Scientists who surveyed coastal waters from Newport, Ore., to LaPush, Wash., found the highest numbers of juvenile chinook salmon this year than they have seen in the 11 years that sampling has been done, which suggests that the Northwest could see a salmon boon once these fish mature and migrate back to their home rivers.
The increase may be traced to the Pacific Decadal Oscillation, a climate pattern that has shifted between cool and warm cycles in periods of 20 to 30 years. This year, the PDO was cooler than it has been since 1955, according to Bill Peterson, an NOAA-fisheries biologist at Oregon State University's Hatfield Marine Science Center, who is also affiliated with OSU's College of Oceanic and Atmospheric Sciences.
"We usually see cold water conditions for a few months once upwelling begins in late spring and early summer," Peterson stated in an OSU press release. "Since April of 2007, though, we've been in a constant 'summer-state' ocean condition, which is something we've never seen in more than 20 years of sampling. And we're not sure why."
This condition has fueled phytoplankton growth, which are rich in fat and provide food for small fish. These small fish in turn become food for salmon, lingcod and other marine life. Researchers have said that the seabirds are looking very well-fed as well.
Pacific Ocean Conditions Optimal For Fish Survival In 2008
Oceanographers are witnessing some of the best survival conditions for sport fish ever recorded off the Pacific Northwest coast. A strong and sustained upwelling of colder water gets the credit. Correspondent Tom Banse reports.
Scientists donít completely understand why the North Pacific basin oscillates between warm and cool phases, each lasting for years. What we do know is that the cool cycle is more favorable for fish survival, especially for growing salmon.
Oceanographer Bill Peterson of Newport says itís become clear the cycle flipped last year. Cold currents and upwelling are stimulating the food chain near our shores.
Bill Peterson: ďThatís certainly been the case. Thereís been a lot of zooplankton and they feed a pretty concise stock of what is called forage fish -- things like anchovies, sardines, herring, and little smelts. Those fishes are the main prey for the salmon.Ē
Peterson canít predict how long the favorable ocean conditions will last. He says it usually takes one or two years after the ocean turns cold for bumper salmon runs to show up in our rivers.
Oregon ocean conditions best for fish in 50 years
by Michael Milstein, The Oregonian
After several years of poor ocean conditions that left birds starving and fish dwindling, this year brought a healthy influx of cold, nutrient-rich water along the Oregon Coast that likely represent the best year for fish in decades, scientists say.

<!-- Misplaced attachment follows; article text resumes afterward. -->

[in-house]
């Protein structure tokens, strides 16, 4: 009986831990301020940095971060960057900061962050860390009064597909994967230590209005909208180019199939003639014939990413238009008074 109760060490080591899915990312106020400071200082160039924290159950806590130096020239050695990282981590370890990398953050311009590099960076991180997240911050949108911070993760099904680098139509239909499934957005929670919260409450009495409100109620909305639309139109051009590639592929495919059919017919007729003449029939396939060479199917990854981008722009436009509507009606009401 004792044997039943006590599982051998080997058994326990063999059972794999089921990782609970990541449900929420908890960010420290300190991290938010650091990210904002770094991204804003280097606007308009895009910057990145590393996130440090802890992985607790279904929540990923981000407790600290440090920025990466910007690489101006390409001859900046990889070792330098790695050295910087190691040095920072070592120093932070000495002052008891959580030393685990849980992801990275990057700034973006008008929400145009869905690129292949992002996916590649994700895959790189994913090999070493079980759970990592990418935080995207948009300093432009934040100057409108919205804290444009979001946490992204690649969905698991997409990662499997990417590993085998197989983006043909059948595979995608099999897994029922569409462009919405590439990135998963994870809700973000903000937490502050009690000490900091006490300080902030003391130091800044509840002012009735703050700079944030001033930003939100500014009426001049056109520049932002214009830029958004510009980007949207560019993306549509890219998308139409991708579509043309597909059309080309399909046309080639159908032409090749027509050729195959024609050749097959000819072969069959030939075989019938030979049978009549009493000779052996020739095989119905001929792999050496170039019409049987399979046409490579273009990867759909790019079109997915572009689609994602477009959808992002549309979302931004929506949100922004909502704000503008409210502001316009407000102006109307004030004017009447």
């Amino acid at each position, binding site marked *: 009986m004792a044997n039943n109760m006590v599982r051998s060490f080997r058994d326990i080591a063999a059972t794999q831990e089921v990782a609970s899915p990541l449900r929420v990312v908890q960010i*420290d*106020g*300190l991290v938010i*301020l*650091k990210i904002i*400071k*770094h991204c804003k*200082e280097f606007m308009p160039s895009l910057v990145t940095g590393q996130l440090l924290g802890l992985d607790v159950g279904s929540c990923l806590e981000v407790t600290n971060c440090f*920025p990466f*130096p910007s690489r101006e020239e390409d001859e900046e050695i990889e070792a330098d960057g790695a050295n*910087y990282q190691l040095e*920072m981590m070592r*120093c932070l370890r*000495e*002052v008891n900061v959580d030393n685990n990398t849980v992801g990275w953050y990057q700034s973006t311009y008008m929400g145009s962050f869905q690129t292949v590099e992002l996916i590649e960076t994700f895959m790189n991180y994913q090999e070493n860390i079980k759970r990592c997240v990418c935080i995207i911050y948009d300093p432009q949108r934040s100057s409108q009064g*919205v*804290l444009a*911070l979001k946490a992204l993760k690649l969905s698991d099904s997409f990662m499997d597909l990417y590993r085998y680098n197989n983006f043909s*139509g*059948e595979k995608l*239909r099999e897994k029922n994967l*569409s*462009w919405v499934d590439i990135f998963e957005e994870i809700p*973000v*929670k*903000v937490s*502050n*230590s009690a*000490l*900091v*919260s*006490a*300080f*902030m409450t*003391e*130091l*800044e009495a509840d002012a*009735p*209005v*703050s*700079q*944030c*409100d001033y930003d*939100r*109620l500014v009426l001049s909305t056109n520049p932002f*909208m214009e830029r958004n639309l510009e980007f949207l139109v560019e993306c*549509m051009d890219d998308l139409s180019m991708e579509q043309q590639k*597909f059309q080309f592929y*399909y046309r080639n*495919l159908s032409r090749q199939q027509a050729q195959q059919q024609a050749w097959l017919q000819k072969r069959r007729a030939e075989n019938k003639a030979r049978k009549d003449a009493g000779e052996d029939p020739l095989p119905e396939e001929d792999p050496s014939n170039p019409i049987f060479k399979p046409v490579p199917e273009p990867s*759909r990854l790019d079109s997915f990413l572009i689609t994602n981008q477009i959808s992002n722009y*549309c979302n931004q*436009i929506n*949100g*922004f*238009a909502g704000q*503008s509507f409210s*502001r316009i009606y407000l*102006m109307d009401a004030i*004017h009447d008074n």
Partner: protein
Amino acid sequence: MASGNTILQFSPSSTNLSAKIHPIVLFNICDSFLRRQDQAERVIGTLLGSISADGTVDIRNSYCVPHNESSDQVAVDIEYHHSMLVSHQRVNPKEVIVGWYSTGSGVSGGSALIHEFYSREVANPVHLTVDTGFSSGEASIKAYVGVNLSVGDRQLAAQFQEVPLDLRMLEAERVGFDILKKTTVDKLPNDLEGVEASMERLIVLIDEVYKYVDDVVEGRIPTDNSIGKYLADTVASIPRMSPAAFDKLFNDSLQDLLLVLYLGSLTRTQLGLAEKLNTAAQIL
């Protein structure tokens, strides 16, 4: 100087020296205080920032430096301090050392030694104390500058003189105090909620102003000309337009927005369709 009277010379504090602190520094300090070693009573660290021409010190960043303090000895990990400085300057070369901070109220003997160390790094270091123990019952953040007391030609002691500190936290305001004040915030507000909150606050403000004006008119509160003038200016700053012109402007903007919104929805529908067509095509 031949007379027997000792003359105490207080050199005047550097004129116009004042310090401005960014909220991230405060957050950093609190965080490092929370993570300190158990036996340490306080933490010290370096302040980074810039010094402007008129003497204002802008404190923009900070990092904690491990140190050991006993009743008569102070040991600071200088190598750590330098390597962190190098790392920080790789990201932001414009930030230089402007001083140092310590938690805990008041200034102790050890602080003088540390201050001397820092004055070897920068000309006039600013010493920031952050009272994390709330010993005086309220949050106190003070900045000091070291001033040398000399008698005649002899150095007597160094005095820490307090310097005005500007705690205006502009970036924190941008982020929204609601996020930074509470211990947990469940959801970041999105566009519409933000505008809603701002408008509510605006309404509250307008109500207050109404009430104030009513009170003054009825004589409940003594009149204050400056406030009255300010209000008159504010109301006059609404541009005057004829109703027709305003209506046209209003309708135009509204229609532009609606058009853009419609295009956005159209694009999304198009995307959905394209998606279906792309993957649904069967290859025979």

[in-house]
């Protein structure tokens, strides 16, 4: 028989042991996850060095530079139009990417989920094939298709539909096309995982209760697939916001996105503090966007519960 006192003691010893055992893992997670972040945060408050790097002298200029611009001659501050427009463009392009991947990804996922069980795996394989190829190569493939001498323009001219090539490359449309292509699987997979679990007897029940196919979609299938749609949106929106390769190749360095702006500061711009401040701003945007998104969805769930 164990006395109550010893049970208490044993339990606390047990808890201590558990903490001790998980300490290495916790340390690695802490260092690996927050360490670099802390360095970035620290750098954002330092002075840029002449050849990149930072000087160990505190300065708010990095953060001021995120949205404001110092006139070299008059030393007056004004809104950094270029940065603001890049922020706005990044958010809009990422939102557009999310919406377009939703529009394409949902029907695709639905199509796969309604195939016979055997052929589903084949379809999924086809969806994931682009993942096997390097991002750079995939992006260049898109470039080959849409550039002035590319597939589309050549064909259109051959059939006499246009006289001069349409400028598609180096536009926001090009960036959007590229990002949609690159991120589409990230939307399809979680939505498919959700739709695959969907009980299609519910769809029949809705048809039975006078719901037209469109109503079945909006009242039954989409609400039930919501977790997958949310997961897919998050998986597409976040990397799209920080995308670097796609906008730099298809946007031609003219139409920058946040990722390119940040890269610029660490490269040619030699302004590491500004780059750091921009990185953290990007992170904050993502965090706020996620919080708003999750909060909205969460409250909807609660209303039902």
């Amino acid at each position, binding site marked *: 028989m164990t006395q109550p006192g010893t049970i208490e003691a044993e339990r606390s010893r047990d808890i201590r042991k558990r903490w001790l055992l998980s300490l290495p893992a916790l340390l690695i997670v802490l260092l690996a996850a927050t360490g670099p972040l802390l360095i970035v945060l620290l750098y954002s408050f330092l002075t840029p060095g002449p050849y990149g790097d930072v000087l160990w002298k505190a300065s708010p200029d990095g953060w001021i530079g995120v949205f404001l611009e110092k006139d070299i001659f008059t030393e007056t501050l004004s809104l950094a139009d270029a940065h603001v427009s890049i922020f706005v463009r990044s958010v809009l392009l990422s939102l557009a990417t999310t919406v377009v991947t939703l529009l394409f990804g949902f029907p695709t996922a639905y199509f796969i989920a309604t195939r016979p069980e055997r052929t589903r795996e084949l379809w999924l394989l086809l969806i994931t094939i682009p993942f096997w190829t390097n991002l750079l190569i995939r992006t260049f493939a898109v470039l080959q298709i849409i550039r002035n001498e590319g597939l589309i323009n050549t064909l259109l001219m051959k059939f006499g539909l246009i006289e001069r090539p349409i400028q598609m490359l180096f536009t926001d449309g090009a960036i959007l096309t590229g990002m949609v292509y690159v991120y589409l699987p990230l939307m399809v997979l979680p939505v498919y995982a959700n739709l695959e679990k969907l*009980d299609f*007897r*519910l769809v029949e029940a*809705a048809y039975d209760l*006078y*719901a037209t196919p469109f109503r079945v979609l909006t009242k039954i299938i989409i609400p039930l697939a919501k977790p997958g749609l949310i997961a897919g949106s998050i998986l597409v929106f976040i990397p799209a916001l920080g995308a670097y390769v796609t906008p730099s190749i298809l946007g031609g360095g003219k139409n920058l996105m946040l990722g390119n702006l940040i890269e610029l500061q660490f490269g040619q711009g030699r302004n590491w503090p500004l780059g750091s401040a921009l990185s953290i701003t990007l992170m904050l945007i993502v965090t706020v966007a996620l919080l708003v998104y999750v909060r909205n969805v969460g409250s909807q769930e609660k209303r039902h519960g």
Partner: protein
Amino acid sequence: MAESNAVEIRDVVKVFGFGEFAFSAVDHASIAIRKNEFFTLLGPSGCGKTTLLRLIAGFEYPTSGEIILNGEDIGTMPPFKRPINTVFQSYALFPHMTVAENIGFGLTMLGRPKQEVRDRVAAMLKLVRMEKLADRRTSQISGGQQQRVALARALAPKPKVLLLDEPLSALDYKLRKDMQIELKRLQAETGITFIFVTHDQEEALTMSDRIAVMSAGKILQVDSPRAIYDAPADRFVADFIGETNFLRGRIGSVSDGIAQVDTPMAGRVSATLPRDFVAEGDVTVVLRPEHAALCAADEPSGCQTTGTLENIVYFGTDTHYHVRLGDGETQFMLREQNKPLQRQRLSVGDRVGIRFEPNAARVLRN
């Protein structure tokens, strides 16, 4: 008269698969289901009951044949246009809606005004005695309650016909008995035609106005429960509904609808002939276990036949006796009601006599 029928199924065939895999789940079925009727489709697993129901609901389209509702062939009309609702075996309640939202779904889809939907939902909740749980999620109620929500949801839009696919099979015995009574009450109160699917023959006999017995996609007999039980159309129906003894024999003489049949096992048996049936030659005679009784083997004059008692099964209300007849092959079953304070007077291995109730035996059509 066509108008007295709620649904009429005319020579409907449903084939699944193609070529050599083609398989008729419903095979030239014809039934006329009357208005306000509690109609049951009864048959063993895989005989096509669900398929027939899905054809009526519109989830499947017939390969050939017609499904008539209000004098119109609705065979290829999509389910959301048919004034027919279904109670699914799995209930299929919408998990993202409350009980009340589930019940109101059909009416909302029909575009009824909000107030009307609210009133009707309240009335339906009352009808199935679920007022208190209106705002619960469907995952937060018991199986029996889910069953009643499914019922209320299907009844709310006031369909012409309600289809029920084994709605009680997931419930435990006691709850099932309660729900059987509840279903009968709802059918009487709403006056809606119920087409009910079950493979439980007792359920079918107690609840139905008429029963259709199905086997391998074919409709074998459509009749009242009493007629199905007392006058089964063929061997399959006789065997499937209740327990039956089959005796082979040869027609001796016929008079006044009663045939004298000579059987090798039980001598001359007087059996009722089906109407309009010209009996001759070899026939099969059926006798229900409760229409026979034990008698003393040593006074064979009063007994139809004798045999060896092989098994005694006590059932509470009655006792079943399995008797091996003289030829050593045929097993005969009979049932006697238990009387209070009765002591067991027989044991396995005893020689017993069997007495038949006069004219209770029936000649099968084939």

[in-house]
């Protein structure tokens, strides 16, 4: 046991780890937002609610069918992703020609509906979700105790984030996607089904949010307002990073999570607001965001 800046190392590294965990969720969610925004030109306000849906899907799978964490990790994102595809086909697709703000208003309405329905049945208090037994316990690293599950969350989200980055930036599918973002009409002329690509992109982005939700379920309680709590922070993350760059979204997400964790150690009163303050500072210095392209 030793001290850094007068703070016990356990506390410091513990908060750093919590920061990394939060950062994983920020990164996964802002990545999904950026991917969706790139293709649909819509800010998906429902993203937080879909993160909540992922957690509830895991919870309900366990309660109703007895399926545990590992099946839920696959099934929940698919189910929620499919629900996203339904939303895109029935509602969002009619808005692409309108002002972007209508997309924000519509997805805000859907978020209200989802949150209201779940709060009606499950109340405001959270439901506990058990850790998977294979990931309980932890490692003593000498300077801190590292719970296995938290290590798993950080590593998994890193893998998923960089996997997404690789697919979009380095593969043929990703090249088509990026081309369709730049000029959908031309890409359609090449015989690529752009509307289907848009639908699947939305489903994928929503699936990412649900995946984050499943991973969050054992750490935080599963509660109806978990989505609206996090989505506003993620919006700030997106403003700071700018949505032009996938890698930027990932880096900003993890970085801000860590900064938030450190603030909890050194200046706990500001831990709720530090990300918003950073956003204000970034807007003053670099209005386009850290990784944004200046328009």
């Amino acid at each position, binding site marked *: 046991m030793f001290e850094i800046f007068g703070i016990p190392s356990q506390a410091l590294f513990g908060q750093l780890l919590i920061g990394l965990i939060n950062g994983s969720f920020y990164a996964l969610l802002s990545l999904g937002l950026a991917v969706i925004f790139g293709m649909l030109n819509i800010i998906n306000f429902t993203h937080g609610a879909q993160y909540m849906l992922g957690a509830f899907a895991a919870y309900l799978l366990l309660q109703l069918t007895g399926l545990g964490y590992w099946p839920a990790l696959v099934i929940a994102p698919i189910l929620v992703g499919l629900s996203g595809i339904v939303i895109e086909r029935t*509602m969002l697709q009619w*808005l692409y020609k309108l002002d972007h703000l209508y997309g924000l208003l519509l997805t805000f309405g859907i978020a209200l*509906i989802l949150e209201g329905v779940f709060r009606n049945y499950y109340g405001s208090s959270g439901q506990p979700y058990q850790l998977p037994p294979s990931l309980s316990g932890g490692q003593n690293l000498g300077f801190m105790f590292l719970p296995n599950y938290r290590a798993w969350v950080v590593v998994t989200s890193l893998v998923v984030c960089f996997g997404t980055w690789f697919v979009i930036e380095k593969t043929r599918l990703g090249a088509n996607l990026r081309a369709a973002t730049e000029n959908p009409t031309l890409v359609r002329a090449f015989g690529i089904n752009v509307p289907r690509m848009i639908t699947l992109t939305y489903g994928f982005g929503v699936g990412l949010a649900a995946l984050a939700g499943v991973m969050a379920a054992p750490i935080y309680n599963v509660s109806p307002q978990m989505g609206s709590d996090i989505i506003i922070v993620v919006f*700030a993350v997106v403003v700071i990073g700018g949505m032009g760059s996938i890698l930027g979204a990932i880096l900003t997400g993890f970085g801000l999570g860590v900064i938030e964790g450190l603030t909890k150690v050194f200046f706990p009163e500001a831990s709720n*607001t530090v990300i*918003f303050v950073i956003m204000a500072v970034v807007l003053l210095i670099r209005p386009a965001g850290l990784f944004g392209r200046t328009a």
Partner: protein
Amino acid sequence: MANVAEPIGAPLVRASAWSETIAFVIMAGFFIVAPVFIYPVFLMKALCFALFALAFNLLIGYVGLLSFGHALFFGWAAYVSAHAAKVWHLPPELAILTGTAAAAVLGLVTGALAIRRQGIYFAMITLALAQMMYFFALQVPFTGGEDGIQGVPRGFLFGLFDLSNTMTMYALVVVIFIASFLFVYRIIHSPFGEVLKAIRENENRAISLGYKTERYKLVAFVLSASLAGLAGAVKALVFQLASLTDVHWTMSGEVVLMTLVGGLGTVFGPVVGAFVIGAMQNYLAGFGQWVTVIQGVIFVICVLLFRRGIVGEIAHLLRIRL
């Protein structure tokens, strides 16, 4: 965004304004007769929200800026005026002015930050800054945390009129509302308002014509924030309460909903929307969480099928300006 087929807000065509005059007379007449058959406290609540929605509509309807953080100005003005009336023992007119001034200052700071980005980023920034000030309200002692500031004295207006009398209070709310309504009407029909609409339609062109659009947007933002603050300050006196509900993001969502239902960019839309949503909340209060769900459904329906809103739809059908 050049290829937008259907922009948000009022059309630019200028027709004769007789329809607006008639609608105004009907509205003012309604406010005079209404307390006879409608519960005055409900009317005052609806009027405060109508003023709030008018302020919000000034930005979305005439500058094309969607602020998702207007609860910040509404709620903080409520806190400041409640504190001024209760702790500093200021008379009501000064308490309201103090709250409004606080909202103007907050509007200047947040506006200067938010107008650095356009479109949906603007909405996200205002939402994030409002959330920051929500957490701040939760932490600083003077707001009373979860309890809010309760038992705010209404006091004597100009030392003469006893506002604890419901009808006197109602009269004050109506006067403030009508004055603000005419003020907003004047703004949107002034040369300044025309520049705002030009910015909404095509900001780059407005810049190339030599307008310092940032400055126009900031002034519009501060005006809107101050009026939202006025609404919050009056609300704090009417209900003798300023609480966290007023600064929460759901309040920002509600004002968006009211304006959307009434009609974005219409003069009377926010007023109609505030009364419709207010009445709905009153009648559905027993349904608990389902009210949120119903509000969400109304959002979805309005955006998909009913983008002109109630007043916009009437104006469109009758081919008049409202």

Surveys along the coast from Newport north to LaPush, Wash., found more juvenile chinook salmon than they've seen in the 11 years the surveys have been done, researchers said.
That suggests that the Northwest could see a salmon boom once those fish mature and migrate back to their home rivers in the next few years.
That would represent a welcome contrast to the last few years.
The key to ocean productivity off the Oregon Coast is upwelling of deep, cold water that is rich in nutrients. The water typically nurtures rich marine ecosystems, but last year and in the few years before the upwelling has happened erratically and hasn't provided the nutrients essential to fish and other coastal life.
Scientists believe that the return to positive conditions may be connected with the Pacific Decadal Oscillation, a climate pattern that shifts between warm and cool cycles in periods of 20 to 30 years. This year, the pattern was cooler than it has been since 1955, said Bill Peterson, a NOAA-Fisheries biologist based in Newport who is also affiliated with Oregon State University's College of Oceanic and Atmospheric Sciences.
"We usually see cold water conditions for a few months once upwelling begins in late spring and early summer," Peterson said in an OSU press release. "Since April of 2007, though, we've been in a constant 'summer-state' ocean condition, which is something we've never seen in more than 20 years of sampling. And we're not sure why."
The conditions nurture masses of phytoplankton that are rich in fat and provide food for small fish such as anchovies and herring, which themselves become food for salmon and other predators. The word from researchers this year was that seabirds were getting plenty to eat and that it was a good year for ling cod and other rockfish.
-- Michael Milstein; email@example.com